Ukrainians want NATO membership, but obstacles abound: ex-U.S. envoy
Ukraine still has much to do to meet the criteria for NATO membership. MAPs are intended to serve as guides for prospective members to fulfill those criteria. Objectively, Ukraine is as far along as countries that received MAPs in 1999.
What has blocked Ukraine's MAP ambition is Russia and the deference that some NATO members give to Moscow's views. Another reason for the alliance's reluctance to grant a MAP is that MAPs do not convey an Article 5 security guarantee. (Article 5, the heart of the NATO treaty, provides that an attack against one member will be considered as an attack against all.) "NATO lacks a good response to the question: What does the alliance do if an aspirant receives a MAP and then—before it becomes a full member—comes under attack?" former U.S. Ambassador to Ukraine Steven Pifer wrote for Brookings Institution.
The Kremlin clearly wants to return Ukraine to Russia's orbit, though its actions over the past five years have had the opposite effect. Russia's illegal annexation of Crimea and its ongoing aggression in Donbas, which has taken more than 13,000 lives, have persuaded Ukraine's political elite and much of its population of the need to anchor Ukraine solidly in European and trans-Atlantic institutions and reduce relations with Moscow.
If the Kremlin cannot return Ukraine to its orbit, Plan B apparently is to break it, according to Pifer. That would explain Russia's hybrid war and economic sanctions against Kyiv as well as continued fueling of the fighting in Donbas. Moscow aims to pressure, distract, and destabilize the Ukrainian government in order to hinder its efforts to adopt a full set of reforms that would spur economic growth; to frustrate Ukraine's ability to implement the provisions of the Ukraine-EU association agreement; and to make Ukraine appear an unattractive partner for the West.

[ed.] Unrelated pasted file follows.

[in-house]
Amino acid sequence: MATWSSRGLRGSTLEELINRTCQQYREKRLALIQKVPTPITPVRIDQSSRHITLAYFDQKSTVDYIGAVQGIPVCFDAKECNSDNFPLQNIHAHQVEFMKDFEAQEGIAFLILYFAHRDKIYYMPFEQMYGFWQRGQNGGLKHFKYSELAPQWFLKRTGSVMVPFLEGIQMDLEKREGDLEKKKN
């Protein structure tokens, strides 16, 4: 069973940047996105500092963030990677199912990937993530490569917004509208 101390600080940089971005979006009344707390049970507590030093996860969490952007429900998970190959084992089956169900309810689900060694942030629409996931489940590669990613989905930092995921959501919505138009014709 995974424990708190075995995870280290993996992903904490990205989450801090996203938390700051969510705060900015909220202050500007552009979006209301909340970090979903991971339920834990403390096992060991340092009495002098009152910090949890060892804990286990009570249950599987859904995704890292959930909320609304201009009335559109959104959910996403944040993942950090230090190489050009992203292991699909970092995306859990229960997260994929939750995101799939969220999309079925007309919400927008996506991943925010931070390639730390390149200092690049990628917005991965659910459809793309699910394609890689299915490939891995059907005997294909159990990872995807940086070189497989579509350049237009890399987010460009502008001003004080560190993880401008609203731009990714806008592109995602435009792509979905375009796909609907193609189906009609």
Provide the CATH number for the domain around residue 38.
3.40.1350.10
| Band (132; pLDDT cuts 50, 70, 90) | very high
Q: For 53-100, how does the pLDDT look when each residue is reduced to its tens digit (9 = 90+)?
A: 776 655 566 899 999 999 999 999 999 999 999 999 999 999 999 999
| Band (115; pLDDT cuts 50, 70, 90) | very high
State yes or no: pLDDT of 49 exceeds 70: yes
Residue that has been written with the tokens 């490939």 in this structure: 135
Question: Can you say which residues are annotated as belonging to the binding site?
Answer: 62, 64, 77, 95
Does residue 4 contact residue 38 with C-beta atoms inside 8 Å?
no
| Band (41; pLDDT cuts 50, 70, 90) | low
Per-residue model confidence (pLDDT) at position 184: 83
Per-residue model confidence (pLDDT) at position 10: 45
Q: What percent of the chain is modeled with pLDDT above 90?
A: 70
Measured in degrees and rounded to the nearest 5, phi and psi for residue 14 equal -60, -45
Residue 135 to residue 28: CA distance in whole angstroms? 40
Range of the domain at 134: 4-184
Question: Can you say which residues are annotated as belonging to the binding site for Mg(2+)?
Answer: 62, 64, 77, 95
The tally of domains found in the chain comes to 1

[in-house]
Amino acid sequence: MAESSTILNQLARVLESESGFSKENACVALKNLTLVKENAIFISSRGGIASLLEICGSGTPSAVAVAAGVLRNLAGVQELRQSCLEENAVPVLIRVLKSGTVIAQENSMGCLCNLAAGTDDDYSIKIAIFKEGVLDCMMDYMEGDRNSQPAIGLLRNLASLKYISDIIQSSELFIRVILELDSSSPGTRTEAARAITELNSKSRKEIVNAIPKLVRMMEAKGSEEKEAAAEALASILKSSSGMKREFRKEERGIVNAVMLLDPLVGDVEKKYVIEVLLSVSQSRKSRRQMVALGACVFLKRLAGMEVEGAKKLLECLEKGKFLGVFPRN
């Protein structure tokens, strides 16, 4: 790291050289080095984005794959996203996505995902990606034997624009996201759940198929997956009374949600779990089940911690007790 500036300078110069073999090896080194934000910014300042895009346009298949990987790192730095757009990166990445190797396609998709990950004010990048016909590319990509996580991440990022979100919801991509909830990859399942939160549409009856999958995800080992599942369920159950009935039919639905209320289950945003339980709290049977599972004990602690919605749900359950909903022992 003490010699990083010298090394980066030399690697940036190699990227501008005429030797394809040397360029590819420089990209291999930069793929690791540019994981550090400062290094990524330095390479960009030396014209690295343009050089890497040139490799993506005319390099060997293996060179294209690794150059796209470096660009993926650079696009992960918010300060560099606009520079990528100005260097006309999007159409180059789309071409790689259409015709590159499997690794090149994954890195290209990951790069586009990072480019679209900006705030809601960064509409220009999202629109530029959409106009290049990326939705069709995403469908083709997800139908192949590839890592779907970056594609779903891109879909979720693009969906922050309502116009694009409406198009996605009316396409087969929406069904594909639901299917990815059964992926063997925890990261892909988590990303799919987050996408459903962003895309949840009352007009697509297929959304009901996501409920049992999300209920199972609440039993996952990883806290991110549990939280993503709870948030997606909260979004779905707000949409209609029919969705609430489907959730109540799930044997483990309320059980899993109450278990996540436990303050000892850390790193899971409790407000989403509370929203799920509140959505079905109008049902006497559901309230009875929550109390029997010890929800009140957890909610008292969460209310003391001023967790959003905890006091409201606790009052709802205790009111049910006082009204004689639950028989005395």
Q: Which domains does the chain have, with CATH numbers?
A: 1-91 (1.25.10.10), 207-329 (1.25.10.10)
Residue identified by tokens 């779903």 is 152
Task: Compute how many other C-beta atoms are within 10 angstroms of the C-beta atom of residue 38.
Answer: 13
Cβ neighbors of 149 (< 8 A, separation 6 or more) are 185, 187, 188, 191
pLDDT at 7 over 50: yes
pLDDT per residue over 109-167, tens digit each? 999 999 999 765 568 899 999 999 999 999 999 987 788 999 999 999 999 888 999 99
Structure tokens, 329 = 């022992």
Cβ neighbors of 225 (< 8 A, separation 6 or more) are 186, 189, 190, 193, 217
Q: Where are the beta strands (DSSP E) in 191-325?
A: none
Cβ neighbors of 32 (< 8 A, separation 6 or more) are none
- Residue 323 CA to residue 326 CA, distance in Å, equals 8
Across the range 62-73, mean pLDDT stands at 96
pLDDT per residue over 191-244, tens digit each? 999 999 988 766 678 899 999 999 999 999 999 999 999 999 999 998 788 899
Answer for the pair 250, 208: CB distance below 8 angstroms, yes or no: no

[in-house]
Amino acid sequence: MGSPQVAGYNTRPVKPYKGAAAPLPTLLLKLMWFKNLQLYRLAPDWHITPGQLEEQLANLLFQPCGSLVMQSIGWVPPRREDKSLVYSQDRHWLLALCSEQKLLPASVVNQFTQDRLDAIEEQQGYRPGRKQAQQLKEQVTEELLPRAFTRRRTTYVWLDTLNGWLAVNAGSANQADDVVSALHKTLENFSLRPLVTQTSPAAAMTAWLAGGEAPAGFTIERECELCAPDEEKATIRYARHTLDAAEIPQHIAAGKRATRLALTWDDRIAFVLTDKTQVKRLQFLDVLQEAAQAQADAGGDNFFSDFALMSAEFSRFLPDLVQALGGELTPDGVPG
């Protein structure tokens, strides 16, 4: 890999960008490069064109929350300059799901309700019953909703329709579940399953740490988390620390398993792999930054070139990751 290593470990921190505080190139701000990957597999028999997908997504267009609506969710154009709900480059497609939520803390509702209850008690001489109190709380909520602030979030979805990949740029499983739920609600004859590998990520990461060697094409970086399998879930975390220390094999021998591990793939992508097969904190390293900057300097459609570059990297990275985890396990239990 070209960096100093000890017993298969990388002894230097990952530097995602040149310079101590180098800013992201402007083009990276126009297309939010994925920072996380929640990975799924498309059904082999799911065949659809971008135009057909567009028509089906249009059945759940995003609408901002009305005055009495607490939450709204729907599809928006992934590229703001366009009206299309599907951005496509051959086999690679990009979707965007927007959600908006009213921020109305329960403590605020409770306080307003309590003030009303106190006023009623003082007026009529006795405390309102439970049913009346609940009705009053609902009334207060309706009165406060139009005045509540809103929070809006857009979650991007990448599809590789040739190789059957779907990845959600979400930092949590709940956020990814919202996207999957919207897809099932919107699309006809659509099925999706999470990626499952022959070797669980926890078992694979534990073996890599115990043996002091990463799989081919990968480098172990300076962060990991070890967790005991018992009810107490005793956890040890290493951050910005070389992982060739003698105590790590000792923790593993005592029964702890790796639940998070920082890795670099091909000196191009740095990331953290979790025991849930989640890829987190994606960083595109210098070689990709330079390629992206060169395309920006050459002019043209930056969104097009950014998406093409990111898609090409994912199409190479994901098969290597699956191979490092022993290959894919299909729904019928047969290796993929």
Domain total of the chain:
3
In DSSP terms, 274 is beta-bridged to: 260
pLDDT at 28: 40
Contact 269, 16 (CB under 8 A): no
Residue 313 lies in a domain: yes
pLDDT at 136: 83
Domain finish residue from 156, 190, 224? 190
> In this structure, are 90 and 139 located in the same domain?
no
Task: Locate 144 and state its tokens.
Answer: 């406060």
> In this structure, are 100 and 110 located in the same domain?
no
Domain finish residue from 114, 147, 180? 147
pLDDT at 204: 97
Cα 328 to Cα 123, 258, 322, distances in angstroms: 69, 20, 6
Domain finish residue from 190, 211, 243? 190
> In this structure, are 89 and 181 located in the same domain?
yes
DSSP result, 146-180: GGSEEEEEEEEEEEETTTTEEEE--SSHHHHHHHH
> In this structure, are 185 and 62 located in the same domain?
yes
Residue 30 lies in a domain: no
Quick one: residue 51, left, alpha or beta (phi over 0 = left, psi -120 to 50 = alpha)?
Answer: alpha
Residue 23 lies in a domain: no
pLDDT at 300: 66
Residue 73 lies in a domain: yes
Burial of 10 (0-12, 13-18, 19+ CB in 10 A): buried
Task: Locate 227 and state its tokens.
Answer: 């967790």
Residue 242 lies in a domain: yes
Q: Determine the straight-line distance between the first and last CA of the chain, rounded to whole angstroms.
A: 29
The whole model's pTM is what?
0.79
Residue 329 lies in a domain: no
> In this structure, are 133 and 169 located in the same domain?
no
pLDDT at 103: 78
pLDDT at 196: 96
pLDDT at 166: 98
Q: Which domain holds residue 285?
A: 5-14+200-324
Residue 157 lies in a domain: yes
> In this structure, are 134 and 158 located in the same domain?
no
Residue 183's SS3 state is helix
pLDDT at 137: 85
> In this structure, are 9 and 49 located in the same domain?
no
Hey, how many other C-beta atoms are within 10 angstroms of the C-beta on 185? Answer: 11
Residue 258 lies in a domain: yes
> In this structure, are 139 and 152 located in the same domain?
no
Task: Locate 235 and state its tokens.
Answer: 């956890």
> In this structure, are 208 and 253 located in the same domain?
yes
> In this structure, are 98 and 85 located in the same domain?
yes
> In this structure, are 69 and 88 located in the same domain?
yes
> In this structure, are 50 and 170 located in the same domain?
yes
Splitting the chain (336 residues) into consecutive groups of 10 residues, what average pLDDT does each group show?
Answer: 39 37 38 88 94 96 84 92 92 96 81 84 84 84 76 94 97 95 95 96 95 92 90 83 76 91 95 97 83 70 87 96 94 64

Russia pursues this course despite its professed adherence to the principles of the 1975 Helsinki Final Act. Those principles include "the right to belong or not to belong to international organizations, to be or not to be party to bilateral or multilateral treaties including the right to be or not to be a party to treaties of alliance." Moscow plainly does not want to allow Kyiv the right to choose whether or not to be a party to NATO.
Moscow plainly does not want to allow Kyiv the right to choose whether or not to be a party to NATO.
The Kremlin’s backing away from this (and other principles) of the Helsinki Final Act reflects a conclusion in Moscow that the post-Cold War European security order has evolved in ways that disadvantage Russia's interests. The Russian leadership thus has set out to disrupt that order (Crimea has its antecedents in Transnistria, South Ossetia, and Abkhazia). Russian officials may well have taken note of NATO’s September 1995 study of the how and why of enlargement.
That study said: "Resolution of [ethnic disputes or external territorial disputes] would be a factor in determining whether to invite a state to join the Alliance." The Kremlin has sought to create territorial disputes in the post-Soviet space, and some NATO members fear that giving Ukraine membership now would confront the alliance with an immediate Article 5 contingency against Russia, the author believes.
According to Pifer, the best idea is that "Ukraine, Russia, and NATO agree that Ukrainian membership in the alliance is a matter of not now, but not never."
That would likely please neither Kyiv nor Moscow, but it could offer a way to kick a difficult can down the road, the author suggests.
"NATO membership for Ukraine is unlikely in the near term. For the foreseeable future, Ukraine should continue to deepen its practical cooperation with the alliance. Much, if not all, of a MAP can be put into Kyiv's annual action plans. Moscow's principal objection appears to be to the name of the plan, not the content. The focus then should be on implementation. Ukraine should seek to prepare itself as much as possible—not just in terms of defense and security reforms, but also in solidifying its embrace of the democratic and market economy values of the alliance. That will put Ukraine in position to take advantage if/when an opportunity emerges and NATO is ready to consider membership," the op-ed concludes.